According to Surgeon General Richard H. Carmona, Surgeon General
Luther Terry Luther Leonidas Terry was a smoker ?until he started work
on his Smoking Report.?
?The Office of the Surgeon General has a long history in exposing the
risks of tobacco use. In 1964, Surgeon General Luther Terry issued
the groundbreaking Report on smoking and health. The key job of the
Surgeon General is to protect and maintain the health of the American
people, and Surgeon General Terry knew that to meet that obligation,
he would have to call for a fundamental change in how our country
viewed tobacco at the time. Dr. Terry also knew that by issuing the
results of the research available to him at the time ? research that
showed causality between smoking and three diseases ? he was taking
aim at one of the pervasive symbols of American life ?the cigarette.
In 1964, more than 42% of Americans smoked. As a matter of fact,
until he started work on his smoking Report, the Surgeon General
himself was a smoker.?
Remarks as prepared;
Vice Admiral Richard H. Carmona, M.D., M.P.H, FACS
United States Surgeon General
U.S. Department of Health and Human Services
Launch of Report of the Surgeon General
National Press Club
Thursday, May 27, 2004, 1:00 p.m.
"The Health Consequences of Smoking: A Report of the Surgeon General, 2004"
According to an article in the NIH Record, the biweekly newsletter for
employees of the National Institutes of Health, Dr. Luther Terry was a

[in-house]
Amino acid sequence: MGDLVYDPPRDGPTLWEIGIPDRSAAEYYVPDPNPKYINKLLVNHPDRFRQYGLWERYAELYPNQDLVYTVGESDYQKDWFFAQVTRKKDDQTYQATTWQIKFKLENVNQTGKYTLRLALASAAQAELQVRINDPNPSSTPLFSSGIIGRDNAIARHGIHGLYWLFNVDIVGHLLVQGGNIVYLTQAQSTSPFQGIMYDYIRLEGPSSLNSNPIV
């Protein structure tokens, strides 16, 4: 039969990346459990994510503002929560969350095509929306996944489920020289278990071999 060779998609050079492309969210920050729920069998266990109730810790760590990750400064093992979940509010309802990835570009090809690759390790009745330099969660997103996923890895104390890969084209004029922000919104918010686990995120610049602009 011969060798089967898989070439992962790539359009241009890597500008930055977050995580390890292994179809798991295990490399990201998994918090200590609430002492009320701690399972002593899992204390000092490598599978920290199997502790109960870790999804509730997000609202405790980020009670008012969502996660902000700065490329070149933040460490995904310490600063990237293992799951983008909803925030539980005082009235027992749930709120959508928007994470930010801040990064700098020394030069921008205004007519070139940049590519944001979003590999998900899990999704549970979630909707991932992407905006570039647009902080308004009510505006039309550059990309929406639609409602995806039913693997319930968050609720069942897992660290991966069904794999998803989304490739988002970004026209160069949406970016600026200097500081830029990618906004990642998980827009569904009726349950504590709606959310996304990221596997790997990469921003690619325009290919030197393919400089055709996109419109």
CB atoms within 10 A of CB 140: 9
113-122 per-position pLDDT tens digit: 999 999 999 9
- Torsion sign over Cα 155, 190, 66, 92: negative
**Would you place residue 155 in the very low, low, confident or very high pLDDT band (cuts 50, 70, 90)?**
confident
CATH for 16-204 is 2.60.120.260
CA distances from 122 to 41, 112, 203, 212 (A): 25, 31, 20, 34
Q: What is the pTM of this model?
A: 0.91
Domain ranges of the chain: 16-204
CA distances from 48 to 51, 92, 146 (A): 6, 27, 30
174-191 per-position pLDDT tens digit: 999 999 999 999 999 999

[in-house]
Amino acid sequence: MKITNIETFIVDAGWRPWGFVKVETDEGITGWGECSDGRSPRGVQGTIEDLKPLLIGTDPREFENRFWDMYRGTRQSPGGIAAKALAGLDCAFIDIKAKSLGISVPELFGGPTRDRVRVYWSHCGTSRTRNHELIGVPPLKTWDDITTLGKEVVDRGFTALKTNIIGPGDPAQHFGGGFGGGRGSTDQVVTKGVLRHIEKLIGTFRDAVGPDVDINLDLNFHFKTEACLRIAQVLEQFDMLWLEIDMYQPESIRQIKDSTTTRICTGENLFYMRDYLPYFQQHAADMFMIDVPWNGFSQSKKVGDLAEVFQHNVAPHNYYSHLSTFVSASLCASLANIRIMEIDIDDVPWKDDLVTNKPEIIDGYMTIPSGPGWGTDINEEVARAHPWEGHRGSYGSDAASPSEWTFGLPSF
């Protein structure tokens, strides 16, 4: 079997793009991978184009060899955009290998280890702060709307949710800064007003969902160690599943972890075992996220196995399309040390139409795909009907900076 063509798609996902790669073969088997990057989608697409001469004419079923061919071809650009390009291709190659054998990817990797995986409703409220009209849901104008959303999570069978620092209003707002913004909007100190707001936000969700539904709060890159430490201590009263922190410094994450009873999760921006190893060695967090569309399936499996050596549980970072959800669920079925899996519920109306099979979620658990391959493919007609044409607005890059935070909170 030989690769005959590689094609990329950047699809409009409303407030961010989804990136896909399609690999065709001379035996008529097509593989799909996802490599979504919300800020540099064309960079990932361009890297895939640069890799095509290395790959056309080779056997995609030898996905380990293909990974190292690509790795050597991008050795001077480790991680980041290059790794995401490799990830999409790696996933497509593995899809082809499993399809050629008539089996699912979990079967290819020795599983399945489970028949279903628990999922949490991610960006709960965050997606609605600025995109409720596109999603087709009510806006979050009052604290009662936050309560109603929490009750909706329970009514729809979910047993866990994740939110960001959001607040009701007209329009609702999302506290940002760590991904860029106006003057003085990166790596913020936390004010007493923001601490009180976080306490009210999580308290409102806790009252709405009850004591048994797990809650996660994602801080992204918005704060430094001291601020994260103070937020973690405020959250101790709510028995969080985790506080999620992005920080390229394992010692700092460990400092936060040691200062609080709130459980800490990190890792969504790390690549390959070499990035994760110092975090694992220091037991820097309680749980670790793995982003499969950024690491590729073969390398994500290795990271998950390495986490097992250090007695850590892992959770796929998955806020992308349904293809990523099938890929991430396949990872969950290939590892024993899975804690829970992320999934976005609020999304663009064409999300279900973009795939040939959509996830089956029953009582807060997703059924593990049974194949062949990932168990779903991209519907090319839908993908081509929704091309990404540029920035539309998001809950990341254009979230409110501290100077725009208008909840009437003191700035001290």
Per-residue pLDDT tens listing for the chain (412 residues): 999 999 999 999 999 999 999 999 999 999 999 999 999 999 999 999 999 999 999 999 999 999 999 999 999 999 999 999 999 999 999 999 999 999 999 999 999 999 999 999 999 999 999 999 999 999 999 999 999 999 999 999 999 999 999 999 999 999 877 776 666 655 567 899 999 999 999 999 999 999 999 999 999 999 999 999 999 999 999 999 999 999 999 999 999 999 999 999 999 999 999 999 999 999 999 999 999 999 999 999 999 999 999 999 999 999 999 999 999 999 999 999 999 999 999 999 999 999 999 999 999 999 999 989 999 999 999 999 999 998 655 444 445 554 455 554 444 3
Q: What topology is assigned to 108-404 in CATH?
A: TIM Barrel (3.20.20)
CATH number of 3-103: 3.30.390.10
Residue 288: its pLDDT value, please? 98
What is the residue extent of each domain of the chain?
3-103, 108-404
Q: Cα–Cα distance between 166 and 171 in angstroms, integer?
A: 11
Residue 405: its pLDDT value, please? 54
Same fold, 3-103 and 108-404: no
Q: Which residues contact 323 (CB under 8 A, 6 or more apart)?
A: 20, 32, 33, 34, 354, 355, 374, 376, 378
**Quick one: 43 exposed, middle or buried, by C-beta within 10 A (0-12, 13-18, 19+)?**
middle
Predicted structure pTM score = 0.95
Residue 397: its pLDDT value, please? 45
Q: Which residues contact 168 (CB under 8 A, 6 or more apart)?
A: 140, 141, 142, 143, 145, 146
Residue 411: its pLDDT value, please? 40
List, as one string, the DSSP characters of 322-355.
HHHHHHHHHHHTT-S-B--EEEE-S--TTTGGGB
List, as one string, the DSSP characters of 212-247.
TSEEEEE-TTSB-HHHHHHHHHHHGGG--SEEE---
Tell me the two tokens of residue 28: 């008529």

smoker and he quit smoking in 1964.
?Back in 1964, Dr. Luther Terry, then U.S. surgeon general, was
understandably a bit nervous. He was about to release the first-ever
Surgeon General's Report, which confirmed several long-suspected
theories regarding the detrimental effect of smoking on health. As he
was riding to the news conference, thinking about what he would say,
he lit up a cigarette. Noting the cigarette, an adviser, who knew
Terry was a chronic smoker, suggested that the surgeon general be
prepared for the first question reporters were certain to ask: Do you
smoke, Dr. Terry? Terry could not believe reporters would be
interested in his personal habits. Sure enough, though, following
Terry's announcement of the landmark SG report and his comments about
the health dangers of smoking, a savvy reporter asked Terry if he
smoked. "No," Terry replied. The reporter ? convinced he had done his
homework ? double-checked his notes. Knowing Terry's history, the
writer pressed further, "Dr. Terry, when did you quit?" A smiling
Terry responded, "About 30 minutes ago." He never smoked again.?
National Institutes of Health (NIH)
NIH Record from April 17, 2001
Search terms used:
Luther Terry surgeon general smoker
I hope the information provided is helpful!